While the newer atheism is closely tied to scientific and technological development, it has also deep psychological and sociological roots. Forms of empirical research and techniques of systems analysis do, of course, suggest that man is master of his universe rather than the subject of a higher Being. But this is not the sole explanation for the so-called Christian atheism that has made its appearance within the past decade.

Certainly this trend, especially in its more spectacular “God-is-dead” form, is the heir of the modern epistemological revolution (with its rejection of abstract and deductive thinking) and of the contemporary emphasis upon human freedom and human autonomy. Quite evidently it is nourished by theological attitudes toward the Christian revelation that regard the Bible simply as an anthology of man’s best thoughts about God.

But it speaks to us of more than these. It comes as a rebuke to some forms of rigidity and inertia within segments of the Christian community. Parts of the church, say the avant-garde, are so bound to traditional interpretations that many worthy human achievements have been accomplished in spite of the theologians, rather than because of the basic convictions that they held. Again, it is argued that evangelicals have so stylized God’s action that what they have left is “not really a God at all.”

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In any case, the existence of what is called Christian atheism is indicative of broader attitudes present within our society. If the traditional Christian has been naïve in finding God too easily accessible, the secularist feels that all the roads traditionally thought to lead to him are blocked. If the evangelical believes that the ethical demands of the Gospel are easily grasped and applied, the newer atheist and his intellectual relatives will insist that rather than allowing reality to impose rules upon him, man is to make his own rules and if possible to impose his own wishes and desires upon the world.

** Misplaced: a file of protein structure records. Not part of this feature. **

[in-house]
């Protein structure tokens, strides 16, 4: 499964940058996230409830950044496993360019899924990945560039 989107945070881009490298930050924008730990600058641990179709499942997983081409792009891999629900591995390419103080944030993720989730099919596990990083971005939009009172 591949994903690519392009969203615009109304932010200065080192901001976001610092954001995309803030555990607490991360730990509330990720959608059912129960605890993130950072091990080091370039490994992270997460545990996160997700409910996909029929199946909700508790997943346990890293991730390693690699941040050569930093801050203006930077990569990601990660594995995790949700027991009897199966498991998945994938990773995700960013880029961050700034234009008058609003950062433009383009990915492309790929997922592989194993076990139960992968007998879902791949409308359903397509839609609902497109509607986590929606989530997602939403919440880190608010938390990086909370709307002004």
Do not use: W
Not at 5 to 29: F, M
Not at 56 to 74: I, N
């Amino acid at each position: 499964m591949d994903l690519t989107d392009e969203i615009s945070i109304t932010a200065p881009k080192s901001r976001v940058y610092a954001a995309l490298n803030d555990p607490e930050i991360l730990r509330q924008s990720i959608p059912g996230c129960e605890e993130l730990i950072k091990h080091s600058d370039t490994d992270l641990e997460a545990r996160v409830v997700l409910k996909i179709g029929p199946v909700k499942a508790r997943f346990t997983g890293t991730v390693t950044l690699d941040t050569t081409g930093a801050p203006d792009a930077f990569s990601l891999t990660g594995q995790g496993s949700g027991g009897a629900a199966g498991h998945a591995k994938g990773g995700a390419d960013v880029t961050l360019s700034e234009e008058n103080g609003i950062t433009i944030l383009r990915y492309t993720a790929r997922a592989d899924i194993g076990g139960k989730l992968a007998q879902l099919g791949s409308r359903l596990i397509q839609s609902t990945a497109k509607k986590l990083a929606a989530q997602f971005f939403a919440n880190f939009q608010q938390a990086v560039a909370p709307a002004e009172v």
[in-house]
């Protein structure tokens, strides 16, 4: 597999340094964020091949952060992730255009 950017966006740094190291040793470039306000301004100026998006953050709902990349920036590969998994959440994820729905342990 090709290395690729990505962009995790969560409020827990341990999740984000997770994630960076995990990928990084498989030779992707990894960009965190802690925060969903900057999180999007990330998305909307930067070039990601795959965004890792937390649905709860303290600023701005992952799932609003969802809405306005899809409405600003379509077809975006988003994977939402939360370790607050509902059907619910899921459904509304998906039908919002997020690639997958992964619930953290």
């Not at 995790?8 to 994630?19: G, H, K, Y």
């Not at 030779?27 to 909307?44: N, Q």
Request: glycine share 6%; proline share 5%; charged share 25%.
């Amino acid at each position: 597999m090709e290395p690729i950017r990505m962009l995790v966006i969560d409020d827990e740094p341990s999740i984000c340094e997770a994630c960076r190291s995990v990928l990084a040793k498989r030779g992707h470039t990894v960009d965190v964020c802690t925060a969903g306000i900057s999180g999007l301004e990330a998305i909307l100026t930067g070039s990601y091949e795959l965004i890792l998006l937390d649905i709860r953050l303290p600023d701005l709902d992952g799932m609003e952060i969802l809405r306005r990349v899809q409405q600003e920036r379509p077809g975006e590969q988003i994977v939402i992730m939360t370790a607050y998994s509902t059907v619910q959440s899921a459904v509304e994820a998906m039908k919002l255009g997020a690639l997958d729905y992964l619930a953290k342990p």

Certainly the newer atheism finds support in many of the major assumptions of today’s society—perhaps more so than at any time in recent history. Again, the new atheist’s awareness of history gives him some reason to assert that belief in God has at times been used as a weapon for intellectual repression and as a justification for conduct that falsifies Christian love.

How shall the evangelical react to the newer atheism, particularly that which calls itself Christian? Certainly he should recognize theological faddism for what it is. He may even note with interest that the “God-is-dead” theology was almost immediately displaced in the headlines by a “theology of hope.” But he lives in a fool’s paradise if he imagines that we will not have any form of contemporary atheism around much longer.

Could it be that the living God is using even those who deny him, or who imagine that they can accept Christ as the supreme ideal of humanity while rejecting his deity, to challenge believers to a new and vital form of witnessing faith? Perhaps he is calling the Church to a new and radical demonstration of the quality of faith and the radiance of life that belongs to those who are in union with him who was at the same time in the world and not of the world.